The Atlantic ^ | 14 May 2012 | Megan Garber
    Over 20,000 years ago, humans won the evolutionary battle against Neanderthals. They may have had some assistance in that from their best friends. One of the most compelling -- and enduring -- mysteries in archaeology concerns the rise of early humans and the decline of Neanderthals. For about 250,000 years, Neanderthals lived and evolved, quite successfully, in the area that is now Europe. Somewhere between 45,000 and 35,000 years ago, early humans came along.They proliferated in their new environment, their population increasing tenfold in the 10,000 years after they arrived; Neanderthals declined and finally died away. What happened? What went...
  • Neolithic farmers brought deer to Ireland

    05/14/2012 3:13:40 PM PDT · by SunkenCiv · 11 replies
    Past Horizons Archaeology ^ | April 18, 2012 | School of Biology and Environmental Science, University College Dublin
    By comparing DNA from ancient bone specimens to DNA obtained from modern animals, the researchers discovered that the Kerry red deer are the direct descendants of deer present in Ireland 5000 years ago. Further analysis using DNA from European deer proves that Neolithic people from Britain first brought the species to Ireland. Although proving the red deer is not native to Ireland, researchers believe that the Kerry population is unique as it is directly related to the original herd and are worthy of special conservation status. Fossil bone samples from the National Museum of Ireland, some up to 30,000 years...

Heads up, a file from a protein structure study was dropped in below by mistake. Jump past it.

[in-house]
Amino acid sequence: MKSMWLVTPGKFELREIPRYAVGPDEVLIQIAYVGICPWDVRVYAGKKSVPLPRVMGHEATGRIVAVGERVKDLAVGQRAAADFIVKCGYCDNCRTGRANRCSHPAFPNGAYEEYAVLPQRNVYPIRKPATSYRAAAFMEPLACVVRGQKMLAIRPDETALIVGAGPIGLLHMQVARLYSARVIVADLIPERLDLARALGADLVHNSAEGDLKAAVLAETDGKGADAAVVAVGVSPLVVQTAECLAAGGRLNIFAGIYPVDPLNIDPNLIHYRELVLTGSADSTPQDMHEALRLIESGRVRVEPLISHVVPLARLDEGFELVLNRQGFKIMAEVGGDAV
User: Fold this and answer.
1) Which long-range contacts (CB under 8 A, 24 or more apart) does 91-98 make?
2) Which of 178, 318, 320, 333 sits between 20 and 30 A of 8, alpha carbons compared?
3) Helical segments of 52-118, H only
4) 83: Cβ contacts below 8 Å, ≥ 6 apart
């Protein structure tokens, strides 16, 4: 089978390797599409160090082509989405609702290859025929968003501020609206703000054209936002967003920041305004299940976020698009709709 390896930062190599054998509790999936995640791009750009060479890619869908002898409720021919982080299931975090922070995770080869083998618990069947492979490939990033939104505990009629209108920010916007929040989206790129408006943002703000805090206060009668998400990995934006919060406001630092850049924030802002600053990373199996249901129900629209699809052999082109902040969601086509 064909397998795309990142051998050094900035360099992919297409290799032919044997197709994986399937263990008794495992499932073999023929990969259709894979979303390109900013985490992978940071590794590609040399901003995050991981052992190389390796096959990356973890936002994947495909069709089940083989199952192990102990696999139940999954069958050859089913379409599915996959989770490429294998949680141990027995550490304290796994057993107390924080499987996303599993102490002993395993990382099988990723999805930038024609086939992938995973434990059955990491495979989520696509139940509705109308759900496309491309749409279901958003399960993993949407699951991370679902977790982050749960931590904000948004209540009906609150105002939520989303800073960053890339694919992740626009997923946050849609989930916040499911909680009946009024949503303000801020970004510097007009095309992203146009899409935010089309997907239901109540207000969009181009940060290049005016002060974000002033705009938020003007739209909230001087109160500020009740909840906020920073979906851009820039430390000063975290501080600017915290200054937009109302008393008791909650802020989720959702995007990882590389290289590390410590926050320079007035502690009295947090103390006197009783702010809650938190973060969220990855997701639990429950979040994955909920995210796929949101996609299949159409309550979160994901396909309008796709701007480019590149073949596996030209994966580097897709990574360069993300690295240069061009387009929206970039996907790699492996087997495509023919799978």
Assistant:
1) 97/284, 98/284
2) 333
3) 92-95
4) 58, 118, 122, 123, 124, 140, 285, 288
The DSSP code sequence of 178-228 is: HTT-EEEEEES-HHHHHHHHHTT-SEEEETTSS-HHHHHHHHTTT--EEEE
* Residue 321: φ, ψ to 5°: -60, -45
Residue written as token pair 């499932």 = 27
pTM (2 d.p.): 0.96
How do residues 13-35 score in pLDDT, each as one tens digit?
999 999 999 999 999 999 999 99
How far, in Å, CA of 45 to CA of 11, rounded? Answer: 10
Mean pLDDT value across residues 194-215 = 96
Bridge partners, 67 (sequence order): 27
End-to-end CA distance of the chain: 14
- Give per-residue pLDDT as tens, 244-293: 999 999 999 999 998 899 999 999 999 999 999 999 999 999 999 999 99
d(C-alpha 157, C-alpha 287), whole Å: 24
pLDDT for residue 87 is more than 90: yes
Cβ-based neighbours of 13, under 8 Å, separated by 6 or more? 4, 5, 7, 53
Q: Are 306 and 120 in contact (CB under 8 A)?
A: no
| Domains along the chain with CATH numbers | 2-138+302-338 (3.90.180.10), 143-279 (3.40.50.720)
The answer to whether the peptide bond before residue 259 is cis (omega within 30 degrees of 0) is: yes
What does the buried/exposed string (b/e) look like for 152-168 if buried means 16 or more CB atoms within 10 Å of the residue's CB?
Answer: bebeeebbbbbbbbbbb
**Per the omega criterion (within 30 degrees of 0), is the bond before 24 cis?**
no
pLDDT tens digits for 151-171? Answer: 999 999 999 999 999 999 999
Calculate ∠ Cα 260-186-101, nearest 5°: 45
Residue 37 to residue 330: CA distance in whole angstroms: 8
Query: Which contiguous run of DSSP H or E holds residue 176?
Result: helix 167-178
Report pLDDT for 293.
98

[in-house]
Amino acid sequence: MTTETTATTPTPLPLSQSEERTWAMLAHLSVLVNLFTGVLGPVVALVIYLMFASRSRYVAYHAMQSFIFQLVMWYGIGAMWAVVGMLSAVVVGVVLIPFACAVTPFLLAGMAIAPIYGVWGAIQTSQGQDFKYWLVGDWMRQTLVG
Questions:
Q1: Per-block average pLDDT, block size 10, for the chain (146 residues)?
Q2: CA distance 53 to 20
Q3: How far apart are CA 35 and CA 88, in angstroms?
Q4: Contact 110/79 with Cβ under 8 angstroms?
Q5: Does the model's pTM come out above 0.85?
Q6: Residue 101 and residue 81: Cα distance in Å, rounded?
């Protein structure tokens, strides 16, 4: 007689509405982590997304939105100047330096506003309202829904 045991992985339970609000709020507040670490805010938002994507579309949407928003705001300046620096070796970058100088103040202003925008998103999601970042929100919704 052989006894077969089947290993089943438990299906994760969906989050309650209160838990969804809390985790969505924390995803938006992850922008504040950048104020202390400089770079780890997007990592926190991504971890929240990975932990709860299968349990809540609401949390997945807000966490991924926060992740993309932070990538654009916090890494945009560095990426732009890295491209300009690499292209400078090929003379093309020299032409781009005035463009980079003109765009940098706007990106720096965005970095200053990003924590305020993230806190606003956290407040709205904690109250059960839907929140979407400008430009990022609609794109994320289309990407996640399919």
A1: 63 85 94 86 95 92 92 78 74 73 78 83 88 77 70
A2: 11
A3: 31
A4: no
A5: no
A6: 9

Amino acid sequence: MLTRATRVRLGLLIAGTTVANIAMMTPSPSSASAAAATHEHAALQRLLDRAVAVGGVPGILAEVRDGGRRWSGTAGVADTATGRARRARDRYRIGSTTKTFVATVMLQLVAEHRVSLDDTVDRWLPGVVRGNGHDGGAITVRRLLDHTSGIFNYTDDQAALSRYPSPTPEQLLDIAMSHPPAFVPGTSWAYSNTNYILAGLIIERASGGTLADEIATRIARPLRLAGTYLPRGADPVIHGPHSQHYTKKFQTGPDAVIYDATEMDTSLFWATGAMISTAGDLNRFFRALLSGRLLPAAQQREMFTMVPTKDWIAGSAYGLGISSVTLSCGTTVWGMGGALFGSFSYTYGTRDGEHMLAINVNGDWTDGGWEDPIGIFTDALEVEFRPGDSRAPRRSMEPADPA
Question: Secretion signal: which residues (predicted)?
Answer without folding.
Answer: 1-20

• Did humans devastate Easter Island on arrival?

    03/10/2006 4:17:24 AM PST · by S0122017 · 27 replies · 482+ views
    New Scientist ^ | 9 March 2006 | Bob Holmes
    Did humans devastate Easter Island on arrival? 19:00 09 March 2006 Bob Holmes Early settlers to the remote Easter Island stripped the island’s natural resources to erect towering stone statues (Image: Terry L Hunt)Related Articles What caused the collapse of Easter Island civilisation? 25 September 2004 Last of the great migrations 24 April 2004 Histories: Carteret's South Sea trouble 11 February 2006 The first humans may have arrived on Easter Island several centuries later than previously supposed, suggests a new study. If so, these Polynesian settlers must have begun destroying the island's forests almost immediately after their arrival. Easter Island...
  • Tracking the Ancestry of Corn Back 9,000 Years

    05/25/2010 6:22:11 PM PDT · by SunkenCiv · 73 replies · 1,099+ views
    New York Times ^ | Monday, May 24, 2010 | Sean B. Carroll
    Many botanists did not see any connection between maize and other living plants. Some concluded that the crop plant arose through the domestication by early agriculturalists of a wild maize that was now extinct, or at least undiscovered. However, a few scientists working during the first part of the 20th century uncovered evidence that they believed linked maize to what, at first glance, would seem to be a very unlikely parent, a Mexican grass called teosinte... George W. Beadle, while a graduate student at Cornell University in the early 1930s, found that maize and teosinte had very similar chromosomes....
  • Maize may have fueled ancient Andean civilization [ update of sorts ]